Raleigh are not just a bicycle manufacturer, they’re a British institution – founded in 1885 in Nottingham, they are probably the best known British bike brand in the business. The iconic heron head badge has graced many a beautiful bike, and the name is equally intrinsically linked with the sport at the highest level.

Joop Zoetemelk and Jan Raas both achieved major success riding for TI-Raleigh in the 1970s and early 1980s, and the team’s red-and-yellow jersey is easily recognisable. So much so, in fact, that Raleigh’s latest pro team – competing on the British domestic circuit as a UCI Continental outfit – adopted the kit themselves in 2014.

Why is that relevant? Well a quick glance at the new Raleigh Militis Team bike shows that the iconic colour-way has made its way into the manufacturing side, creating the eye-catching beauty we see here.

Raleigh are not just a bike manufacturer, they’re a British institution. Founded in 1885 in Nottingham, they're probably the best known British brand in the business.

But this isn’t just a machine pointing to the past from a long-standing company. The latest iteration of Raleigh’s flagship road bike is anything but, in fact, serving as proof this company is as much one for the future as it is an icon of the past.

Raleigh have used SRAM groupsets on their Militis Team for some time, but in 2016 have become one of the first to embrace the brand’s newly-launched wireless Red eTap. It was only unveiled in August, so you won’t find too many bikes equipped with it and as the Raleigh Militis Team Red eTap is limited edition you’ll have to be quick if you want to get your hands on it.

RCUK100 - Raleigh Militis Team road bike, SRAM Red eTap

RCUK100 - Raleigh Militis Team road bike, SRAM Red eTap

RCUK100 - Raleigh Militis Team road bike, SRAM Red eTap

RCUK100 - Raleigh Militis Team road bike, SRAM Red eTap

RCUK100 - Raleigh Militis Team road bike, SRAM Red eTap

RCUK100 - Raleigh Militis Team road bike, SRAM Red eTap

British cyclists can be forgiven for cutting Raleigh some slack, being a British brand - and such a long-standing, iconic one at that - but with the Militis Team you don’t have to

SRAM’s new groupset ditches wires completely, using wireless signalling to transmit gear change requests between the shifters and derailleurs. And it’s not just the embracing of the new tech which makes the Militis stand out, either, as the bike’s a great machine in its own right. It’s also cheaper, at £6,000, than one of the few other early adopters of Red eTap, Boardman Bikes’ eTap AiR and SLR models.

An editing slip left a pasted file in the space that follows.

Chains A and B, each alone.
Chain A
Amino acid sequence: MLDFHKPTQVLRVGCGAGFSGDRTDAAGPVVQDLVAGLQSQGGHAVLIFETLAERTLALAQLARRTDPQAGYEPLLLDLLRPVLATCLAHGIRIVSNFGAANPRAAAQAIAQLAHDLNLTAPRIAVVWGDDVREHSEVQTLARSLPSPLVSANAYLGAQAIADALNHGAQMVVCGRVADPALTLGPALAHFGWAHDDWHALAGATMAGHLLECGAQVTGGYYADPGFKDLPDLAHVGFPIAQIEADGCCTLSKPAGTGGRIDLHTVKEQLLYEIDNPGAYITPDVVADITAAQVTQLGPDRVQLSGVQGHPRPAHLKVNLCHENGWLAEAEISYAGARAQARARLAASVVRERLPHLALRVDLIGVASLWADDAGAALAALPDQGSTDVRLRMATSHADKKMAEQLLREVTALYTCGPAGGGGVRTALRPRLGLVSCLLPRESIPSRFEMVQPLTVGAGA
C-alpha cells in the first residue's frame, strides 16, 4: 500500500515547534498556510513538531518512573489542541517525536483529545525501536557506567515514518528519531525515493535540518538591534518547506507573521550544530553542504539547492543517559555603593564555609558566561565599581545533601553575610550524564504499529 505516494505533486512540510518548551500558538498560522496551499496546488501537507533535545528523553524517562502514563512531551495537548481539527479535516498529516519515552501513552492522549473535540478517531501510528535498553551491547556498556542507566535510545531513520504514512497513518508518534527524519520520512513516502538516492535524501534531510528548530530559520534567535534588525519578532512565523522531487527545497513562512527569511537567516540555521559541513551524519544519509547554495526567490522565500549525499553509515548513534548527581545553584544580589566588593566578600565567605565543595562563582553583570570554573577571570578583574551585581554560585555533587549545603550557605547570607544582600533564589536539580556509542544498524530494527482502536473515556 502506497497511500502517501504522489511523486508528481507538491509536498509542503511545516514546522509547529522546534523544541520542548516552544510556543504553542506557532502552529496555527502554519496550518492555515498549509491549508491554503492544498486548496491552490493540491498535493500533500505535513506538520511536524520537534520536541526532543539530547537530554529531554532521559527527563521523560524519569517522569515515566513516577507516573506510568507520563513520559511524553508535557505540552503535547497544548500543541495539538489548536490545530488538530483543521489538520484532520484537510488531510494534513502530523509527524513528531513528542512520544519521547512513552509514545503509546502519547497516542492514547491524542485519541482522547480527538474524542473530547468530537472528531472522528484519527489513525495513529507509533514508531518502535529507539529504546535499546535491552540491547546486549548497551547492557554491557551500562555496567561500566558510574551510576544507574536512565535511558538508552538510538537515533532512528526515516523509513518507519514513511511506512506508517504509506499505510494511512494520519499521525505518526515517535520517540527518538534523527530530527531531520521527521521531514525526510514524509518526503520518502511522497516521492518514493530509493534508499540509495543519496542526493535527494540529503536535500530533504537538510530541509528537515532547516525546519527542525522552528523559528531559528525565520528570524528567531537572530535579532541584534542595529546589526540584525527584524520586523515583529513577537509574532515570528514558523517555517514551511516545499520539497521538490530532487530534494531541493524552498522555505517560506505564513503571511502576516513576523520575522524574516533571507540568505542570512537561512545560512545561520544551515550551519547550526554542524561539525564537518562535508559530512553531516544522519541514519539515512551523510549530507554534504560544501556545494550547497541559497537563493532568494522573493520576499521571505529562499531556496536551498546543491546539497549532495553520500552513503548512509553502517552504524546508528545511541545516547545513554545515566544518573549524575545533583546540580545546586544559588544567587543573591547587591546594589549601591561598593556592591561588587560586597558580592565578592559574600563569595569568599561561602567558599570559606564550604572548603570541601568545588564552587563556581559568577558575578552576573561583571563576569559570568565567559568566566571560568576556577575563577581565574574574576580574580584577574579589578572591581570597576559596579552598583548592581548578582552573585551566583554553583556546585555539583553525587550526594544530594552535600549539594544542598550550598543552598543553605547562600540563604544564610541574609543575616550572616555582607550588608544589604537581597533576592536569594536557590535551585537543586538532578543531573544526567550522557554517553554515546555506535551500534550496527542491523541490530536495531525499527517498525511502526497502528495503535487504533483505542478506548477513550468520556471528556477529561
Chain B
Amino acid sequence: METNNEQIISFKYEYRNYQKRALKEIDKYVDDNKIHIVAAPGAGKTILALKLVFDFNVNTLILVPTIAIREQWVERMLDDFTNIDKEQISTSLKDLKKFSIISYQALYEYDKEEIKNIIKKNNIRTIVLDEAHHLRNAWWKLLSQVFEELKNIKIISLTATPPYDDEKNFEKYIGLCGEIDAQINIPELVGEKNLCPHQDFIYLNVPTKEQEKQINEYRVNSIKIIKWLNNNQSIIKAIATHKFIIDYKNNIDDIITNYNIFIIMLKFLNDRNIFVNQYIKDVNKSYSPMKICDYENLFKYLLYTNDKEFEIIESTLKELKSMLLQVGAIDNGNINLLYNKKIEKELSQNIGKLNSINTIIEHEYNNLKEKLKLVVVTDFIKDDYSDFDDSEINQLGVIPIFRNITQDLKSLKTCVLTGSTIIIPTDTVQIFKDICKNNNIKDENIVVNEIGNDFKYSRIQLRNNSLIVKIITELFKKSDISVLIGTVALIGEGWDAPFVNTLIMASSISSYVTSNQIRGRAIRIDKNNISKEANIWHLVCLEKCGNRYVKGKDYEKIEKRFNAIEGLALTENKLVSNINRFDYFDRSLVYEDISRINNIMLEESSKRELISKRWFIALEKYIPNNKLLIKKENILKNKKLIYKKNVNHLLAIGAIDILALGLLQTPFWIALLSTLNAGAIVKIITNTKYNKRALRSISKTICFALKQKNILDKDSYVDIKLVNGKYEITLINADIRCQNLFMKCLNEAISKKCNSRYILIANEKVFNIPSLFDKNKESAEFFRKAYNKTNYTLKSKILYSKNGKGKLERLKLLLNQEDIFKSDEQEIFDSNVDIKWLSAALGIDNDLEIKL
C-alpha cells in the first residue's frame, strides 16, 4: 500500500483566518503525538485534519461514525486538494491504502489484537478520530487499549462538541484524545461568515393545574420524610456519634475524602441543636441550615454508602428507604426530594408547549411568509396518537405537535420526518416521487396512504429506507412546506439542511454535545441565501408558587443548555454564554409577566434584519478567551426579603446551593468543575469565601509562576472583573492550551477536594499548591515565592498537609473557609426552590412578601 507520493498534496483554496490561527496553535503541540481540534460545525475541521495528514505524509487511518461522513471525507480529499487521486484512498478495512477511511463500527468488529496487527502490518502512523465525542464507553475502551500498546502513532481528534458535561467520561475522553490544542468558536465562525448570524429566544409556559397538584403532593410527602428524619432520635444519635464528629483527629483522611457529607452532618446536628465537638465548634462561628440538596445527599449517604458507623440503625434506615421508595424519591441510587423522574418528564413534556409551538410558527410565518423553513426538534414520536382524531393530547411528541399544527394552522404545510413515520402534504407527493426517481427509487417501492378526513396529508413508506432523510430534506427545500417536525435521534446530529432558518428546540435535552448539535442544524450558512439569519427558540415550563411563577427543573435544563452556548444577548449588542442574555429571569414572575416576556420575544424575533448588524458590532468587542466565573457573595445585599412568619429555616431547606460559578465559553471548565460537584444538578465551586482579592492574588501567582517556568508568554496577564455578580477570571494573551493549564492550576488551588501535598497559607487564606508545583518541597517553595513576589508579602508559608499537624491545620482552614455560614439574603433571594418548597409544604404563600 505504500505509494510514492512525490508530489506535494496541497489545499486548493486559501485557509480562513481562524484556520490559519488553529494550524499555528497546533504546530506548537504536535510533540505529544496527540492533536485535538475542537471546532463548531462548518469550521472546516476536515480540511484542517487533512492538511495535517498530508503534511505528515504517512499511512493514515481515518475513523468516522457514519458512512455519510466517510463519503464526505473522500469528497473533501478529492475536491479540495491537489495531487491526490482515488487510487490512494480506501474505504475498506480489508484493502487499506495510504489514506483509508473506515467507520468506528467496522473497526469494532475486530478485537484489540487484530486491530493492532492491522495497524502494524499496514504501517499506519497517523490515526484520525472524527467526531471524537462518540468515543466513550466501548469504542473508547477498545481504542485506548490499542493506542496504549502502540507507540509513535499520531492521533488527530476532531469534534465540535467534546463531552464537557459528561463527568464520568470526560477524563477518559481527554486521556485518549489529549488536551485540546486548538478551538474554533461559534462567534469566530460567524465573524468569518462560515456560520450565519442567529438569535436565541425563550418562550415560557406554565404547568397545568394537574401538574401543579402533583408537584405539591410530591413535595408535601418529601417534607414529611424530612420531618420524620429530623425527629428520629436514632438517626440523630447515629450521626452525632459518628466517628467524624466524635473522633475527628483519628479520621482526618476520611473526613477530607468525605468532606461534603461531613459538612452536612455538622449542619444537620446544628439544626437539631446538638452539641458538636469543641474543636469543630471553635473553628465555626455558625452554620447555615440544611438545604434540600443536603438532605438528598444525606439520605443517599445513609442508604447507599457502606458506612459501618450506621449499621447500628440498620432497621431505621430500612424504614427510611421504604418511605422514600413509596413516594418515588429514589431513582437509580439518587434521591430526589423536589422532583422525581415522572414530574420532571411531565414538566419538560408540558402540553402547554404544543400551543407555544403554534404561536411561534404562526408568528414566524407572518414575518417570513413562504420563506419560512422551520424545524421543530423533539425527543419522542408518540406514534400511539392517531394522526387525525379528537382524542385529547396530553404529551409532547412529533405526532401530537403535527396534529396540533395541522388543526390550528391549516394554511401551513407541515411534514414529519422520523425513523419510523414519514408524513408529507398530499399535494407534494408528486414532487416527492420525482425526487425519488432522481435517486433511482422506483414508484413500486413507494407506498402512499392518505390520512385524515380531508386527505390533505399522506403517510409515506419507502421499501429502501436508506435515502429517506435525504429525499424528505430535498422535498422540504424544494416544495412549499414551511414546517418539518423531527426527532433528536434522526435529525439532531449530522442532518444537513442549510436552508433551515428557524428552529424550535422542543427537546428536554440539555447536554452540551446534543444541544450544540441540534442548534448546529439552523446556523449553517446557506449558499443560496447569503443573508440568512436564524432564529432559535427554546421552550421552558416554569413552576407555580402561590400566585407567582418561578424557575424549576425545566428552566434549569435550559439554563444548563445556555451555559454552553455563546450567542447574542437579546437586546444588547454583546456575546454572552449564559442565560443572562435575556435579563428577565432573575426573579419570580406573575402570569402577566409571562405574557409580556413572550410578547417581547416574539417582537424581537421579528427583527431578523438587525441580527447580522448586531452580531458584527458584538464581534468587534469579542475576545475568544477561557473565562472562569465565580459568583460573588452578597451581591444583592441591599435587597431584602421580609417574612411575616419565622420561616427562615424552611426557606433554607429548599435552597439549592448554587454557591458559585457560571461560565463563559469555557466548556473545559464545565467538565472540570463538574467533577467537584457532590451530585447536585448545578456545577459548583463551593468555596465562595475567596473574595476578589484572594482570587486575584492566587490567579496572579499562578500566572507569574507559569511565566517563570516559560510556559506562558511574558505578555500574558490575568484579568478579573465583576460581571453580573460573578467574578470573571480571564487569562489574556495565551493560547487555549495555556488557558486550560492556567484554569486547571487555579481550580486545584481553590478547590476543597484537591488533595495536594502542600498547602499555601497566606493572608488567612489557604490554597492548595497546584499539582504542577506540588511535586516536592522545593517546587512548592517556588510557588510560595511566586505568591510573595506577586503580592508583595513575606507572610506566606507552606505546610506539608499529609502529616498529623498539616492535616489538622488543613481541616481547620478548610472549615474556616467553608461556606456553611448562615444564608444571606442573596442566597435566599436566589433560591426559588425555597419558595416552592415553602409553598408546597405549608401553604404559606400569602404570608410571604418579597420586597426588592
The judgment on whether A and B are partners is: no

Built in response to the Team Raleigh riders’ requests for an ultra-stiff, very light and very compliant bike, the machine helped propel Raleigh back into the performance market. The super-fast, super-responsive bike weighs in at just 880g and is the brand’s lightest and stiffest frame yet.

That frame itself is largely unchanged for 2016 compared to its previous editions, crafted from the same high-modulus T800 carbon fibre, with a tapered headtube, PressFit bottom bracket and carbon dropouts.

RCUK100 - Raleigh Militis Team road bike, SRAM Red eTap

RCUK100 - Raleigh Militis Team road bike, SRAM Red eTap

RCUK100 - Raleigh Militis Team road bike, SRAM Red eTap

RCUK100 - Raleigh Militis Team road bike, SRAM Red eTap

RCUK100 - Raleigh Militis Team road bike, SRAM Red eTap

RCUK100 - Raleigh Militis Team road bike, SRAM Red eTap

Zipp components – namely 202 Firecrest wheels, carbon SL70 aero bars and SL carbon stem and seatpost are also included, while Schwalbe provide the tyres, and a Fizik Arione R5 saddle completes the bike. All in all, that adds up to a complete bike weighing in at just 6.73kg.

And that lightweight comes with the promise, from Raleigh, that no compromise has been made when it comes to aerodynamics or the bike’s handling and stiffness.

British cyclists can be forgiven for cutting Raleigh some slack, being a British brand – and such a long-standing, iconic one at that – but with the Militis Team you don’t have to. Its performance makes it a worthy successor to some of Raleigh’s great bikes of years gone by. Chuck SRAM’s Red eTap in there and you have a bike ready to embrace the future too.